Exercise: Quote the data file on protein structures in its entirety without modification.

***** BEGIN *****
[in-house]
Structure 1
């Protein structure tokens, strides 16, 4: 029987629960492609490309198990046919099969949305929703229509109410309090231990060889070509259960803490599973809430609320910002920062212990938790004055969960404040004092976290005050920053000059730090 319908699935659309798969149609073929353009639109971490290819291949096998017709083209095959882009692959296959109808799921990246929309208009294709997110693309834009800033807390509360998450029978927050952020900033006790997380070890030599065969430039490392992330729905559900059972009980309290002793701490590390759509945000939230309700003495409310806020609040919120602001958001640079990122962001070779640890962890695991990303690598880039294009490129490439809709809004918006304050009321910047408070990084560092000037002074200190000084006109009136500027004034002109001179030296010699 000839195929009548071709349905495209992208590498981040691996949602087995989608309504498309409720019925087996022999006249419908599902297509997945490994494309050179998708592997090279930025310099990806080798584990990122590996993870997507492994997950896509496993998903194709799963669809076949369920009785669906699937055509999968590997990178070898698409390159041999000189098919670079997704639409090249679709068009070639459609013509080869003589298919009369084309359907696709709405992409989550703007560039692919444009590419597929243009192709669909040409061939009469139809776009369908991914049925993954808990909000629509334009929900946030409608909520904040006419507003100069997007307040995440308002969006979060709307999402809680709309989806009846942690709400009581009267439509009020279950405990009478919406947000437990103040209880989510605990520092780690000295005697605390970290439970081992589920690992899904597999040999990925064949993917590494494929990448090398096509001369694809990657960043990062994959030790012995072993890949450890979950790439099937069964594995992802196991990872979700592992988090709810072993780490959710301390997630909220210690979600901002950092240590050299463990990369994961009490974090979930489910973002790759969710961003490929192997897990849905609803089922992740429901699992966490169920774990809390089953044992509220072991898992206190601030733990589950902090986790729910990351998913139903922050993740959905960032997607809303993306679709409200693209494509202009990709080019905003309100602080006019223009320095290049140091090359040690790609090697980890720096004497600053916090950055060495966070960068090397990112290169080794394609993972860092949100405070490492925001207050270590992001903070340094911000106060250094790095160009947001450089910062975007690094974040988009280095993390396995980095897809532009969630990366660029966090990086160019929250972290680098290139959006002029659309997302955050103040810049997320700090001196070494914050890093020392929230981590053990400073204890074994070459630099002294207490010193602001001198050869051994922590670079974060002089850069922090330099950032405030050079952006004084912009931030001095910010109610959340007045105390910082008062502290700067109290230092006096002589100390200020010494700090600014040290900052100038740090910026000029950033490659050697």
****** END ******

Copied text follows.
[in-house]
Structure 1
């Protein structure tokens, strides 16, 4: 029987629960492609490309198990046919099969949305929703229509109410309090231990060889070509259960803490599973809430609320910002920062212990938790004055969960404040004092976290005050920053000059730090 319908699935659309798969149609073929353009639109971490290819291949096998017709083209095959882009692959296959109808799921990246929309208009294709997110693309834009800033807390509360998450029978927050952020900033006790997380070890030599065969430039490392992330729905559900059972009980309290002793701490590390759509945000939230309700003495409310806020609040919120602001958001640079990122962001070779640890962890695991990303690598880039294009490129490439809709809004918006304050009321910047408070990084560092000037002074200190000084006109009136500027004034002109001179030296010699 000839195929009548071709349905495209992208590498981040691996949602087995989608309504498309409720019925087996022999006249419908599902297509997945490994494309050179998708592997090279930025310099990806080798584990990122590996993870997507492994997950896509496993998903194709799963669809076949369920009785669906699937055509999968590997990178070898698409390159041999000189098919670079997704639409090249679709068009070639459609013509080869003589298919009369084309359907696709709405992409989550703007560039692919444009590419597929243009192709669909040409061939009469139809776009369908991914049925993954808990909000629509334009929900946030409608909520904040006419507003100069997007307040995440308002969006979060709307999402809680709309989806009846942690709400009581009267439509009020279950405990009478919406947000437990103040209880989510605990520092780690000295005697605390970290439970081992589920690992899904597999040999990925064949993917590494494929990448090398096509001369694809990657960043990062994959030790012995072993890949450890979950790439099937069964594995992802196991990872979700592992988090709810072993780490959710301390997630909220210690979600901002950092240590050299463990990369994961009490974090979930489910973002790759969710961003490929192997897990849905609803089922992740429901699992966490169920774990809390089953044992509220072991898992206190601030733990589950902090986790729910990351998913139903922050993740959905960032997607809303993306679709409200693209494509202009990709080019905003309100602080006019223009320095290049140091090359040690790609090697980890720096004497600053916090950055060495966070960068090397990112290169080794394609993972860092949100405070490492925001207050270590992001903070340094911000106060250094790095160009947001450089910062975007690094974040988009280095993390396995980095897809532009969630990366660029966090990086160019929250972290680098290139959006002029659309997302955050103040810049997320700090001196070494914050890093020392929230981590053990400073204890074994070459630099002294207490010193602001001198050869051994922590670079974060002089850069922090330099950032405030050079952006004084912009931030001095910010109610959340007045105390910082008062502290700067109290230092006096002589100390200020010494700090600014040290900052100038740090910026000029950033490659050697």